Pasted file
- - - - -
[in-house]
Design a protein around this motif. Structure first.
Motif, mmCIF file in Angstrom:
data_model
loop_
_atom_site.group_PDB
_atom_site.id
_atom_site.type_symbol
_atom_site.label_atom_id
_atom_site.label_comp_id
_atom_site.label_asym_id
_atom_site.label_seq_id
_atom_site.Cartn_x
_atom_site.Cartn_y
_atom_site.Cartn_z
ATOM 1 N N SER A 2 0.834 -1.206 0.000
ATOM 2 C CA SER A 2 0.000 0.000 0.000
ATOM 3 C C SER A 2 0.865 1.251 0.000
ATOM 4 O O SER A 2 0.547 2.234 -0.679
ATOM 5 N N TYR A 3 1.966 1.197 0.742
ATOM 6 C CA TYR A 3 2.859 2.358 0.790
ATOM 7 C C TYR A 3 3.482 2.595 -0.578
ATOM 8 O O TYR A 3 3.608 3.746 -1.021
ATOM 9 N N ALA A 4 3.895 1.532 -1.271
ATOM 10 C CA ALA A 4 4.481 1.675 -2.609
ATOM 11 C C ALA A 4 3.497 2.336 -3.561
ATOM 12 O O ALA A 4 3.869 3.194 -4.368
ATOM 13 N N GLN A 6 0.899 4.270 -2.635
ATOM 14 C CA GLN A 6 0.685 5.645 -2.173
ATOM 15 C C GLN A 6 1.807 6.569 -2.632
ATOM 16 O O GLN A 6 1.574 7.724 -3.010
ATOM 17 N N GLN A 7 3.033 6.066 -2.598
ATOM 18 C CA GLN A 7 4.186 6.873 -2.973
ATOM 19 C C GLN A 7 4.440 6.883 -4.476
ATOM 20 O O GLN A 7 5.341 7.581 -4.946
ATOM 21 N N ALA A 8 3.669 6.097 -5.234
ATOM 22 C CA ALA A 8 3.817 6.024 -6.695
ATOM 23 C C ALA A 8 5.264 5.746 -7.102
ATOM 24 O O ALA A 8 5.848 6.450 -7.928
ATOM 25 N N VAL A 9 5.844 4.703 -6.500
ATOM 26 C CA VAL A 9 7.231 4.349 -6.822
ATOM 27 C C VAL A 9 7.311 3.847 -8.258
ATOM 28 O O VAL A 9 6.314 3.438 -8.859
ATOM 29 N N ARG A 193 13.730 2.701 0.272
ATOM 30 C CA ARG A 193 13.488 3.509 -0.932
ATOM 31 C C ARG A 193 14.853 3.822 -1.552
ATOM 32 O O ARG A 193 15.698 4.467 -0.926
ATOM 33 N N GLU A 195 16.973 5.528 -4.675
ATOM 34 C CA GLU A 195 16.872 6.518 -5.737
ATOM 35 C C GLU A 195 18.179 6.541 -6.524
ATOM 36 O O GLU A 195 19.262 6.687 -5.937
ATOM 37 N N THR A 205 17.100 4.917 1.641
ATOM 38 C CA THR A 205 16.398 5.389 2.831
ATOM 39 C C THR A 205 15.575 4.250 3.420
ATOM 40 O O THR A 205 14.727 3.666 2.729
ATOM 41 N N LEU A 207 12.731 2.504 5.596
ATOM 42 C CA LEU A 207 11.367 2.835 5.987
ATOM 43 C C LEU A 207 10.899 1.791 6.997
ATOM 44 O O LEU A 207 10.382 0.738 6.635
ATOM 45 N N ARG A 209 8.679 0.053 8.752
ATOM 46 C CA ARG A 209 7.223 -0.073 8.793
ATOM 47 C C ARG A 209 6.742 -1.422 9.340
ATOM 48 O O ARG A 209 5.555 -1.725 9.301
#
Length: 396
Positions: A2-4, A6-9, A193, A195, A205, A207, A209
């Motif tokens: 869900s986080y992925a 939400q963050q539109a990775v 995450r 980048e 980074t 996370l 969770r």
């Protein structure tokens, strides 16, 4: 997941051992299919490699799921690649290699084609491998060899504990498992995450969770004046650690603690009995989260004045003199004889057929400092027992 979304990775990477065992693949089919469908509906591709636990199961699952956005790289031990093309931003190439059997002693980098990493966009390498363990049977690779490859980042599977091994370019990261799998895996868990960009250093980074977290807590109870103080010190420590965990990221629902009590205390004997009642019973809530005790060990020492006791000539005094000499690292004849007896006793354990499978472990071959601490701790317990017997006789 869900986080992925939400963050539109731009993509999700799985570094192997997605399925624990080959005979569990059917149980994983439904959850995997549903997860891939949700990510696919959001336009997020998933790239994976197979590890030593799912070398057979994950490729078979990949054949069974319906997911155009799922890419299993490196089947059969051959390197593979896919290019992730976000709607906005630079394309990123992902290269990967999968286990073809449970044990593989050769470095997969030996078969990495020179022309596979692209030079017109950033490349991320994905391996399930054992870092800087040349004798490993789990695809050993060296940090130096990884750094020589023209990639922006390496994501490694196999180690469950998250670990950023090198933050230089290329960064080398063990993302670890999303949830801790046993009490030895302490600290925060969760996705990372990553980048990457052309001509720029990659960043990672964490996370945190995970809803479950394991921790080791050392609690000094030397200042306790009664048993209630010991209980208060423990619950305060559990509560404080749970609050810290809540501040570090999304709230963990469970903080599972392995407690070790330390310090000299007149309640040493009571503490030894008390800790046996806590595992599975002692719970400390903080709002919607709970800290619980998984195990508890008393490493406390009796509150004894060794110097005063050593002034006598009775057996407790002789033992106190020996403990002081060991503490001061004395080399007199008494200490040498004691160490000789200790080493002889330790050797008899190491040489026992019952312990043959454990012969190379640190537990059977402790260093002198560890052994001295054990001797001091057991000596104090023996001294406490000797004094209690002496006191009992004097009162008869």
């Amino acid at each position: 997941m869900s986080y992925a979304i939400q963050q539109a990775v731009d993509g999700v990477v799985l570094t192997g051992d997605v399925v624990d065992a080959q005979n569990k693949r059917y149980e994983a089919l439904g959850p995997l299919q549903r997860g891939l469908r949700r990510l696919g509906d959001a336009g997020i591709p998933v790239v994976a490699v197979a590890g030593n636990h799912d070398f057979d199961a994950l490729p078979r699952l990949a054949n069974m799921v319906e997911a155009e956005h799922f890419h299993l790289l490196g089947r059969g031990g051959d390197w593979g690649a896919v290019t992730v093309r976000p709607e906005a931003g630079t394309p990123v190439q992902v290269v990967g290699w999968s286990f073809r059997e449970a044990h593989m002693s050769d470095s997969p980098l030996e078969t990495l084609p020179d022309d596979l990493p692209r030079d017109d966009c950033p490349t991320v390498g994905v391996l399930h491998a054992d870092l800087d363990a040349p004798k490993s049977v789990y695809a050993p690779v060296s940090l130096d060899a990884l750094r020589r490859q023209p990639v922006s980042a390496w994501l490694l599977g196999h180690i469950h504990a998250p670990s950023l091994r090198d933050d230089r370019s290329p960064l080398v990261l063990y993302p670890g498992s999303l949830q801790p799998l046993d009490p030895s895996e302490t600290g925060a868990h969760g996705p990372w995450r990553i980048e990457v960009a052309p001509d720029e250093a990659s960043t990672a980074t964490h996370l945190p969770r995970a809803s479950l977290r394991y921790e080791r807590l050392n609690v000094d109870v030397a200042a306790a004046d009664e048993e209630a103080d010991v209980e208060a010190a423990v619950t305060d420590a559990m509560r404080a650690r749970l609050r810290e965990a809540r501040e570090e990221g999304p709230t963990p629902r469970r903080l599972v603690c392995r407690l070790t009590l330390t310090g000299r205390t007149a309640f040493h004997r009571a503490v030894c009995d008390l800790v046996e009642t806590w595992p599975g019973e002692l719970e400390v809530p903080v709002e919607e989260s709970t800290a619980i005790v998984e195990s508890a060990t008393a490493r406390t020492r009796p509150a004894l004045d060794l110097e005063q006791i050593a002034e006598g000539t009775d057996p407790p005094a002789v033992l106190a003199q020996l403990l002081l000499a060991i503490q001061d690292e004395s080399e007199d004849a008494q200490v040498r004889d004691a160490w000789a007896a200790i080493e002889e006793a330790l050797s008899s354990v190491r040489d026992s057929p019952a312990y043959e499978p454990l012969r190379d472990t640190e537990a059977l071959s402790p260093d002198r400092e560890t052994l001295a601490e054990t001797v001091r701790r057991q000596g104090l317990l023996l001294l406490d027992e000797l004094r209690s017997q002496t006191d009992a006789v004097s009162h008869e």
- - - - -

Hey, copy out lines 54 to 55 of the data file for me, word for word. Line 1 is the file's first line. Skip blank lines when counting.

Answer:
ATOM 39 C C THR A 205 15.575 4.250 3.420
ATOM 40 O O THR A 205 14.727 3.666 2.729